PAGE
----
This is a great list. I personaly use Transferwise for Business and it works great and can definitely recommend that! Our only problem is that our company is registered in Cyprus (Was registered there because we lived there for 3 years) and Cyprus is the only country within Europe where Transferwise doesnt support giving you USD banking details. And most of our clients (All in Africa) prefer to operate and pay in USD making it a bit tricky for us. Some of our clients is able to get their bank to conver the payment to EUR before sending it but not all and it gives them quite high cost. So would be great with a USD account solution somewhere. You know any? (Except PayPal which is super expensive as well)
Note that even if TW gave you a USD account you still wouldn’t be able to receive USD from Africa. TW only accepts incoming USD wires from a list of 48 countries, none of them in Africa.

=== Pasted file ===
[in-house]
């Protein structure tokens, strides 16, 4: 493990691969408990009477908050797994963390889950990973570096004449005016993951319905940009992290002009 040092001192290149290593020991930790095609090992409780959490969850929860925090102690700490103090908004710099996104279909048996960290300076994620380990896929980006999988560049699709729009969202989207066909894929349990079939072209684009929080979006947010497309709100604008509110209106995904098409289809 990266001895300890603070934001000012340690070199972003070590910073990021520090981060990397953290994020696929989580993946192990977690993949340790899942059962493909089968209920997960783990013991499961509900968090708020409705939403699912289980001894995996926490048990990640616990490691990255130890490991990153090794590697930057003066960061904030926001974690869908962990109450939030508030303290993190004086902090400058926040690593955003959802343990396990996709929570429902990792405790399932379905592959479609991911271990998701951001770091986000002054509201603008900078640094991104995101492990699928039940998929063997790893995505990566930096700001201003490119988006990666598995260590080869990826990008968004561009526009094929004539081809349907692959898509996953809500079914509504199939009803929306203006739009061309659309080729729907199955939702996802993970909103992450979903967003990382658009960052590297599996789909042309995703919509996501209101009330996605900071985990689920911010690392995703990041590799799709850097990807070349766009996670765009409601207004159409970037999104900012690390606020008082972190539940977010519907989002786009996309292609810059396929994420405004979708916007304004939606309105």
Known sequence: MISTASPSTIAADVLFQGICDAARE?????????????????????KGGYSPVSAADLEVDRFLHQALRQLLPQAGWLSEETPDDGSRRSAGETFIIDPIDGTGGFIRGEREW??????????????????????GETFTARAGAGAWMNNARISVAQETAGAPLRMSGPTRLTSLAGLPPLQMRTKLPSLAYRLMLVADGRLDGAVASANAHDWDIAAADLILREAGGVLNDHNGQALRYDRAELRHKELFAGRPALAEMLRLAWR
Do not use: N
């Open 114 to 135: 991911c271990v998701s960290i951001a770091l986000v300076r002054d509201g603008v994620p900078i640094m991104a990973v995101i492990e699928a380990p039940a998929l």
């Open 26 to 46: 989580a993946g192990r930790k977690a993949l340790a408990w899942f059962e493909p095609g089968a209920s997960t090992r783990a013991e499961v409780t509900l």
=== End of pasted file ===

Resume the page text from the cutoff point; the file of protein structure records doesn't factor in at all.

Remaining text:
Revolut for Business will open an account for Cyprus entities. They will provide you with a dedicated UK IBAN that can receive incoming wires in many currencies (without any conversions required), including USD.
UK LLP has to pay taxes on UK sourced income, US LLC with single owner are transparent (disregarded entities), if there is more than one, they have to pay normal corporation tax. In the UK, high-street banks need the director to be UK resident, so banks like Barclays will not give you an account. I have never used Revolut so I cannot comment, but it sounds interesting.
Thanks for sharing your knowledge . can i use N26 and Paysera ? , as i am a e-resident of estonia but originally from India and registered business with virtual office or what options an e-resident have other than transferwise?Thanks in advance…Wirewallet is asking 700euro to get me a euro account. i have agreed to pay before paying them i need your advice.